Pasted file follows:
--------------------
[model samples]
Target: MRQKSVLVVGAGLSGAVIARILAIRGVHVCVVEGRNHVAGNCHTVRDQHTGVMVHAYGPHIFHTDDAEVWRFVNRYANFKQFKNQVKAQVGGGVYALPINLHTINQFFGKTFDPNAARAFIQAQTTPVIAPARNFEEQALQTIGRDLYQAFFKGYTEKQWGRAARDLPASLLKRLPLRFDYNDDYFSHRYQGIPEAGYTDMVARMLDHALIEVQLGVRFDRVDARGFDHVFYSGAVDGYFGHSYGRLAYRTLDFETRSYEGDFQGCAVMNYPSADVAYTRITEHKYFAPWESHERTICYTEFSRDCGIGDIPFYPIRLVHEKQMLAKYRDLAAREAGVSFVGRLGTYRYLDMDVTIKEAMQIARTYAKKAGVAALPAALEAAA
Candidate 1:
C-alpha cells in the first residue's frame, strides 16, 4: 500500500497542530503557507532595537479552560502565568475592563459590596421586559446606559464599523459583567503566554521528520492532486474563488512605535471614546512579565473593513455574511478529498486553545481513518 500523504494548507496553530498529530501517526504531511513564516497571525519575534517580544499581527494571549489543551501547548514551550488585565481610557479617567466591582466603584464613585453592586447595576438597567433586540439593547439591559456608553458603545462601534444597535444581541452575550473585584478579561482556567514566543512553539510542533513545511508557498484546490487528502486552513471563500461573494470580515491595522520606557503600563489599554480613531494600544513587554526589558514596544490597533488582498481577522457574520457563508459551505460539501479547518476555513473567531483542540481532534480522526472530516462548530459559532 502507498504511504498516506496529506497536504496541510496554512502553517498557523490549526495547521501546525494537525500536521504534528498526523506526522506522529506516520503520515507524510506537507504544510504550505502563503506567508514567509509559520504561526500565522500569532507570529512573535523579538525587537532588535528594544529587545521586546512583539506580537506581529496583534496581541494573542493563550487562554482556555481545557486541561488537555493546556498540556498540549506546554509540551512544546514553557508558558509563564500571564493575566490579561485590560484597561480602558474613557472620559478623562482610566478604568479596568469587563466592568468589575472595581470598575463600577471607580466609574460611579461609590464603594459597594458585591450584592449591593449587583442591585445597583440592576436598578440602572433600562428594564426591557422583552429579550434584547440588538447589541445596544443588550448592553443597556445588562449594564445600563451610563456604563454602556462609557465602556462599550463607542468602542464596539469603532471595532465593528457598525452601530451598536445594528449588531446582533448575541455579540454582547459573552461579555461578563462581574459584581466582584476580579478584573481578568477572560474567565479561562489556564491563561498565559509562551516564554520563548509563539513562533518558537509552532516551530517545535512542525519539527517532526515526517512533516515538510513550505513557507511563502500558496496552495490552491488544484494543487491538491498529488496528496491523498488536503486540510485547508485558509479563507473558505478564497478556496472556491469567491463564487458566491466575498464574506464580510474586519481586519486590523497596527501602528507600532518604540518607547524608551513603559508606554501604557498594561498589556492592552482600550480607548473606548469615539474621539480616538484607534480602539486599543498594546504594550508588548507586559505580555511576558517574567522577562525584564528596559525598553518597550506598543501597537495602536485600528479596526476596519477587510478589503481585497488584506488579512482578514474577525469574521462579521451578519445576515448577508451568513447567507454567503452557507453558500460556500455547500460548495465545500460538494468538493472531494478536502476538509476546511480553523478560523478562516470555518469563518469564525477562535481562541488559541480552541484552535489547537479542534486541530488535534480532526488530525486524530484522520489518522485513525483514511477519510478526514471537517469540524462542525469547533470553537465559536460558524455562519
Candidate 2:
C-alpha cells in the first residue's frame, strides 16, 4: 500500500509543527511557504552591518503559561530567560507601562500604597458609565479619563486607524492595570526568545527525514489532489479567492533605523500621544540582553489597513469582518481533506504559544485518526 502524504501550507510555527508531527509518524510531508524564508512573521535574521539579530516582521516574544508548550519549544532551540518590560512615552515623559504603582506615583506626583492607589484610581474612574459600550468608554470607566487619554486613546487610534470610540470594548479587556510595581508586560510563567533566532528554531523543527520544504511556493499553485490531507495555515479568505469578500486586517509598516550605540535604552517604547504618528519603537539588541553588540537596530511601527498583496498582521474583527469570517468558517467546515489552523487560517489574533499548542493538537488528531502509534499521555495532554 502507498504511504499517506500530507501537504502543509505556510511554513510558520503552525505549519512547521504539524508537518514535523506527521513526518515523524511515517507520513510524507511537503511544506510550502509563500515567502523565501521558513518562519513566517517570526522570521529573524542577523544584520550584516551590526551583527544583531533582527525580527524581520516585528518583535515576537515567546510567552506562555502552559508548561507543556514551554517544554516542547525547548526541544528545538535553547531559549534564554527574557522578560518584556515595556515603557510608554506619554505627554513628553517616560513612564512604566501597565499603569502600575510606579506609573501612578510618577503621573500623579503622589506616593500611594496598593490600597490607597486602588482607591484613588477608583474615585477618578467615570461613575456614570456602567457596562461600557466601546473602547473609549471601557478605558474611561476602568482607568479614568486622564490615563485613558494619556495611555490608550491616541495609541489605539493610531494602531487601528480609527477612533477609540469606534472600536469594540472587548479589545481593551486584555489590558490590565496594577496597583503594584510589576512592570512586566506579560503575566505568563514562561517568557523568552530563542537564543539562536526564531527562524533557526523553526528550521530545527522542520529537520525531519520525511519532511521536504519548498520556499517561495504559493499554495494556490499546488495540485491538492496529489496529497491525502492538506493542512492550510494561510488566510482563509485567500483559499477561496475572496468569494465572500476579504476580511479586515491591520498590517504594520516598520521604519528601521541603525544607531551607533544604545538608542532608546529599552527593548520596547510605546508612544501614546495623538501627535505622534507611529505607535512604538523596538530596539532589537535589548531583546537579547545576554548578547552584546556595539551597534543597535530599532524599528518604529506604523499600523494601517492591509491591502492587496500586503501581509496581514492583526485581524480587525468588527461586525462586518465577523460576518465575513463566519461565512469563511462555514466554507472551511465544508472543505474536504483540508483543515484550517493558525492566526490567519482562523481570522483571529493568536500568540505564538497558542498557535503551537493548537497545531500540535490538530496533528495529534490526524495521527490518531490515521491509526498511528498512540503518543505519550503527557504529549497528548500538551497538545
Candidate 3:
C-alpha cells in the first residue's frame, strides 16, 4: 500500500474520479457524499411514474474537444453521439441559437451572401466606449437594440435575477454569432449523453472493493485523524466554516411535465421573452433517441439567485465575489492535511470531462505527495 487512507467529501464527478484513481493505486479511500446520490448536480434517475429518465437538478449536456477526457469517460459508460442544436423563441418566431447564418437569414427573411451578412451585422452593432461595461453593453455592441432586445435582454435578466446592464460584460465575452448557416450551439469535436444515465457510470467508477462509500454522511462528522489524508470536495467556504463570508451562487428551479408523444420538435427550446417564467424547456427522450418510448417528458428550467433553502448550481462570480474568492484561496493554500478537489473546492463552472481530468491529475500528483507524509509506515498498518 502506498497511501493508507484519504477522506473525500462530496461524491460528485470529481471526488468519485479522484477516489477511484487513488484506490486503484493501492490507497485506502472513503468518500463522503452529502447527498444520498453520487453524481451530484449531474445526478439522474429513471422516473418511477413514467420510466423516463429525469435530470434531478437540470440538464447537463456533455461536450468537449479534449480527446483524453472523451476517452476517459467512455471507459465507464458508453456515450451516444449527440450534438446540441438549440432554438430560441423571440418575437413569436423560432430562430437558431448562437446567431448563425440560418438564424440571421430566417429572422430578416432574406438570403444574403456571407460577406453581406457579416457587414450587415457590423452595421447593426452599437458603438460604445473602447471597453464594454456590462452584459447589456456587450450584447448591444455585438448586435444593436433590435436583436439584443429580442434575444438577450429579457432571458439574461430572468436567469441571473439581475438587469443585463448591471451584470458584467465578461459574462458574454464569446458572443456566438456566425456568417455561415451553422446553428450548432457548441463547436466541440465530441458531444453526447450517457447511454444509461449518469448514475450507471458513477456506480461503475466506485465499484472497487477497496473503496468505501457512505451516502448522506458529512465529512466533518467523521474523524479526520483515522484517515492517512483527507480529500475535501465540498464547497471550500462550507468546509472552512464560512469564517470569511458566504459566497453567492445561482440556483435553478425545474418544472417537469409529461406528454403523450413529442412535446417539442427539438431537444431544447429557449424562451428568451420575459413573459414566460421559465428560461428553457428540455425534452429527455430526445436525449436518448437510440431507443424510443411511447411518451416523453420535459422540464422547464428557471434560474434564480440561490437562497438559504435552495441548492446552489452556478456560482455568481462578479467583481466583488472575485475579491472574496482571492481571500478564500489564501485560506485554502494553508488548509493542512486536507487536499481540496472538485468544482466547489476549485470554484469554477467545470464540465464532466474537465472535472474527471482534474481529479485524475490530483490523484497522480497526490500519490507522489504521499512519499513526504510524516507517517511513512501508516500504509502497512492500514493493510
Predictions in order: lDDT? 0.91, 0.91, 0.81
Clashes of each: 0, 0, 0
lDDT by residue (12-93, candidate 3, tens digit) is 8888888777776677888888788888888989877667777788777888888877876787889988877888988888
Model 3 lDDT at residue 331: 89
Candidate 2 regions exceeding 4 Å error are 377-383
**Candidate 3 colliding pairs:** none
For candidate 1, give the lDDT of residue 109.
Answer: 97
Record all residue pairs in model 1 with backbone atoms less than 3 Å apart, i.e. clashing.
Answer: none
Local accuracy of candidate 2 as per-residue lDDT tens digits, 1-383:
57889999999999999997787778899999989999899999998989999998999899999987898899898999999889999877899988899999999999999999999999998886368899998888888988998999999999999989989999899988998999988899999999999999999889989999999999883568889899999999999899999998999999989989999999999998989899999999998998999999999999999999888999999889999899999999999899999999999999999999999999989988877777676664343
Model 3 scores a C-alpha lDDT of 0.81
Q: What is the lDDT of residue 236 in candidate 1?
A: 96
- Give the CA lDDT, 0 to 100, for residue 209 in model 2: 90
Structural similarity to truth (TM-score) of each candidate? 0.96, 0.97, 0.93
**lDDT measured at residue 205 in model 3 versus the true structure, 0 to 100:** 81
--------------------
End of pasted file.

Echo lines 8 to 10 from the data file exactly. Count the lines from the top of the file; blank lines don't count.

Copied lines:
C-alpha cells in the first residue's frame, strides 16, 4: 500500500474520479457524499411514474474537444453521439441559437451572401466606449437594440435575477454569432449523453472493493485523524466554516411535465421573452433517441439567485465575489492535511470531462505527495 487512507467529501464527478484513481493505486479511500446520490448536480434517475429518465437538478449536456477526457469517460459508460442544436423563441418566431447564418437569414427573411451578412451585422452593432461595461453593453455592441432586445435582454435578466446592464460584460465575452448557416450551439469535436444515465457510470467508477462509500454522511462528522489524508470536495467556504463570508451562487428551479408523444420538435427550446417564467424547456427522450418510448417528458428550467433553502448550481462570480474568492484561496493554500478537489473546492463552472481530468491529475500528483507524509509506515498498518 502506498497511501493508507484519504477522506473525500462530496461524491460528485470529481471526488468519485479522484477516489477511484487513488484506490486503484493501492490507497485506502472513503468518500463522503452529502447527498444520498453520487453524481451530484449531474445526478439522474429513471422516473418511477413514467420510466423516463429525469435530470434531478437540470440538464447537463456533455461536450468537449479534449480527446483524453472523451476517452476517459467512455471507459465507464458508453456515450451516444449527440450534438446540441438549440432554438430560441423571440418575437413569436423560432430562430437558431448562437446567431448563425440560418438564424440571421430566417429572422430578416432574406438570403444574403456571407460577406453581406457579416457587414450587415457590423452595421447593426452599437458603438460604445473602447471597453464594454456590462452584459447589456456587450450584447448591444455585438448586435444593436433590435436583436439584443429580442434575444438577450429579457432571458439574461430572468436567469441571473439581475438587469443585463448591471451584470458584467465578461459574462458574454464569446458572443456566438456566425456568417455561415451553422446553428450548432457548441463547436466541440465530441458531444453526447450517457447511454444509461449518469448514475450507471458513477456506480461503475466506485465499484472497487477497496473503496468505501457512505451516502448522506458529512465529512466533518467523521474523524479526520483515522484517515492517512483527507480529500475535501465540498464547497471550500462550507468546509472552512464560512469564517470569511458566504459566497453567492445561482440556483435553478425545474418544472417537469409529461406528454403523450413529442412535446417539442427539438431537444431544447429557449424562451428568451420575459413573459414566460421559465428560461428553457428540455425534452429527455430526445436525449436518448437510440431507443424510443411511447411518451416523453420535459422540464422547464428557471434560474434564480440561490437562497438559504435552495441548492446552489452556478456560482455568481462578479467583481466583488472575485475579491472574496482571492481571500478564500489564501485560506485554502494553508488548509493542512486536507487536499481540496472538485468544482466547489476549485470554484469554477467545470464540465464532466474537465472535472474527471482534474481529479485524475490530483490523484497522480497526490500519490507522489504521499512519499513526504510524516507517517511513512501508516500504509502497512492500514493493510
Predictions in order: lDDT? 0.91, 0.91, 0.81
Clashes of each: 0, 0, 0